Sailor gets restriction, demotion at Naples court-martial
NAPLES, Italy — A military jury stripped a sailor of his chief’s anchors Thursday, reducing Chief Petty Officer Felix Correa to the paygrade of E-5 at the end of a four-day general court-martial.
The panel of three officers and two senior enlisted personnel also sentenced Correa, who Monday pleaded guilty to sexual harassment and fraternization, to 60 days restriction, and ordered a letter of reprimand be placed in his service record.
The sentence was slightly more than what the prosecution had asked for — which differed by 15 days of restriction — but far less than the maximum penalty the 23-year veteran could have received. That penalty would have been four years’ confinement, reduction to E-1, forfeiture of all pay and allowances and a dishonorable discharge.
The drop in paygrade means the Correa family, which includes two college-bound children, will live off of $2,526.60 a month instead of the $3,732.60 Correa earns as a chief.
“The Correa family is certainly appreciative of the considered decision of the court,” the sailor’s civilian defense attorney, David Sheldon, said afterward. “Obviously, this sends a message that sexual harassment and fraternization is not appropriate and will not be tolerated.”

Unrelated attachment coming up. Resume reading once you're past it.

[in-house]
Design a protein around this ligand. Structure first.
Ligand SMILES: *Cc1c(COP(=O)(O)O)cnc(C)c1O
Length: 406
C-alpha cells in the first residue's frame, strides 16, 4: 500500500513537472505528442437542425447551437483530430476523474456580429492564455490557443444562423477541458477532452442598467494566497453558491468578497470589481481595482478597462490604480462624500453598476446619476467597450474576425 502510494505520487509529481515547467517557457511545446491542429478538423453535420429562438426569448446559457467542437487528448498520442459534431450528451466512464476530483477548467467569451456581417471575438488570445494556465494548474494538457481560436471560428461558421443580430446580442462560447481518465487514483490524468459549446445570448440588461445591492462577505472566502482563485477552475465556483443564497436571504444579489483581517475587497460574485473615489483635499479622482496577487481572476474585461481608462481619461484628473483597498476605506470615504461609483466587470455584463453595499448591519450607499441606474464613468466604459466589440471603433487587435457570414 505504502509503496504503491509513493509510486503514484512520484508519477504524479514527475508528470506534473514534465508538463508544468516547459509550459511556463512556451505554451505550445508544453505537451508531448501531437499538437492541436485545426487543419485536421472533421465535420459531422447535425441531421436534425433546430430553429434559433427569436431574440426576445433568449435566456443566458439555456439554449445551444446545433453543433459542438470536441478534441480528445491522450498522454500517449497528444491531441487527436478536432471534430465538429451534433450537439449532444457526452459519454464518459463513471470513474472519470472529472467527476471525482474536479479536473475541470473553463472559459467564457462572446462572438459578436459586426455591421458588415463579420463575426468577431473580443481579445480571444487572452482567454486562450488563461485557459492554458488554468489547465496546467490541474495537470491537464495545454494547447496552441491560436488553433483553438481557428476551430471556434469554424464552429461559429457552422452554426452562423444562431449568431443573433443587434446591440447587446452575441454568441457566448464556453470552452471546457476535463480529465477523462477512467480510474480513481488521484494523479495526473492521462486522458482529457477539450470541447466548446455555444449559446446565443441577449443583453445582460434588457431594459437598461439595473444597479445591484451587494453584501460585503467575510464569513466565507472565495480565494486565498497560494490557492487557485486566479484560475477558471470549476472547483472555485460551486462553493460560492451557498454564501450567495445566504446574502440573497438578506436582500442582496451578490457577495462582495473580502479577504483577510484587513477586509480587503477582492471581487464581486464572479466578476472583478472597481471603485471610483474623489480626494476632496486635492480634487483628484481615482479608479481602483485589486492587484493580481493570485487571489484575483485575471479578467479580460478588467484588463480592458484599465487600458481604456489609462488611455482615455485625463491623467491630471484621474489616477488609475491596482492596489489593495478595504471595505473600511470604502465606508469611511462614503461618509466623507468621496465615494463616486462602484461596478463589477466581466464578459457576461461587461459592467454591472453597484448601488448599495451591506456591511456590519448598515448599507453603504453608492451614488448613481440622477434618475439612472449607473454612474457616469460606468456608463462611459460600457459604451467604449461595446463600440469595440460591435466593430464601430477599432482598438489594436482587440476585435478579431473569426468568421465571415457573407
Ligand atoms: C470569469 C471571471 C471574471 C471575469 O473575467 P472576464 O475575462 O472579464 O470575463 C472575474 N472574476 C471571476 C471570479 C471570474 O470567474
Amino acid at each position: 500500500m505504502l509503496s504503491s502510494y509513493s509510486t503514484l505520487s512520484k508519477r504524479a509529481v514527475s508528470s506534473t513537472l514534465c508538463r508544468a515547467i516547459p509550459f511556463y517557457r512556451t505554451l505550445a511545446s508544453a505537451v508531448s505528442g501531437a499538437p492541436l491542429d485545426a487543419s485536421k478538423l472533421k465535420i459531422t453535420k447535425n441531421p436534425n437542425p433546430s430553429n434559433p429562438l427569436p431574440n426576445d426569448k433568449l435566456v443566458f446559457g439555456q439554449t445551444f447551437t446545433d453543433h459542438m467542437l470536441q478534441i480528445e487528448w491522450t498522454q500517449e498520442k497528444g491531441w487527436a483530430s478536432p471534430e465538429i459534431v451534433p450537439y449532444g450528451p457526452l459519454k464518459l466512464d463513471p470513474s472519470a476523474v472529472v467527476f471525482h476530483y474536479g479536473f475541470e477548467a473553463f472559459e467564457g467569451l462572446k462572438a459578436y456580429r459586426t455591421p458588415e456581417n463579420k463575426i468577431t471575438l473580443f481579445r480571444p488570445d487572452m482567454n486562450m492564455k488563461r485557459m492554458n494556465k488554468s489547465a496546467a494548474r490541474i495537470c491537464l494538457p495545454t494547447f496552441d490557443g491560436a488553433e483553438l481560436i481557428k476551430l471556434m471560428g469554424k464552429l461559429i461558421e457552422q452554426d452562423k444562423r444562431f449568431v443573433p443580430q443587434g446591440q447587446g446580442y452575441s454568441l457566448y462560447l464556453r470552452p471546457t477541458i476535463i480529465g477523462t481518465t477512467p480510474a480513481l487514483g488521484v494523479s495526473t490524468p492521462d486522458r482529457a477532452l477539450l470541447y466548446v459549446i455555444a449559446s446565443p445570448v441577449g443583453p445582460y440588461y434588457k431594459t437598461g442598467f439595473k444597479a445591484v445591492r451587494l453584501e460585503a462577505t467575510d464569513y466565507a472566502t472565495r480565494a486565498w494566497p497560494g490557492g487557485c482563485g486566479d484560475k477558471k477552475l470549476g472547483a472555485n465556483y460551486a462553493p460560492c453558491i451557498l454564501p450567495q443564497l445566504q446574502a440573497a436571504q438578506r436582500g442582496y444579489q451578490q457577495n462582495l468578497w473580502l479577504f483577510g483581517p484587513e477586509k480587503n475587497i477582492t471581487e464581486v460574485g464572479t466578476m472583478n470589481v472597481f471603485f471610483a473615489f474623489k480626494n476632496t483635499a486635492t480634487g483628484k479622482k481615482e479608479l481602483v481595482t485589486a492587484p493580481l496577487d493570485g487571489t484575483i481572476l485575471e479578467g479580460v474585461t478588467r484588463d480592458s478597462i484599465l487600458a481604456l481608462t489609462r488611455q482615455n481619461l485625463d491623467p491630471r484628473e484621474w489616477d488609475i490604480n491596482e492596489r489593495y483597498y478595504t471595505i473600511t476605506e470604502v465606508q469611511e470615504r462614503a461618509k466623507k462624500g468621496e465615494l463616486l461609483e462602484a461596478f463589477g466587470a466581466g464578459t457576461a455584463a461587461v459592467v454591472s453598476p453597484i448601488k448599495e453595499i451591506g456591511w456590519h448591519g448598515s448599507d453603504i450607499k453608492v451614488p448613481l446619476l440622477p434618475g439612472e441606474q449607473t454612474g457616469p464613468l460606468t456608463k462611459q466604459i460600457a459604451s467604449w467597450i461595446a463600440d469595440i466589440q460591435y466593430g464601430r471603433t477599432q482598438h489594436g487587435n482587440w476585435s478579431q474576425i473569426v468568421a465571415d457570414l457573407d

Wednesday, the jury acquitted Correa on a charge of indecent acts with a minor. During the first days of the court-martial, the panel was not informed that Correa already had pleaded guilty to the sexual harassment and fraternization charges.
Ordinarily within the military, crimes such as fraternization and sexual harassment would be dealt with by the chain-of-command in a nonjudicial punishment process. However, because of the third charge, the case was brought to a court-martial.
Correa delivered a tearful unsworn statement to the jury before it began its roughly two-hour sentencing deliberation. First he apologized for his actions, and then he pleaded with the members not to punish his family for his crimes.
“I do realize my conduct is and was unacceptable, and I’m sorry,” the 42-year-old sailor said, drawing tears from his wife and daughter in the courtroom. “A loss of rank … would be devastating for my family. I ask you to show mercy for my family. They should not pay for this.”
The convening authority now must decide whether to uphold the sentence.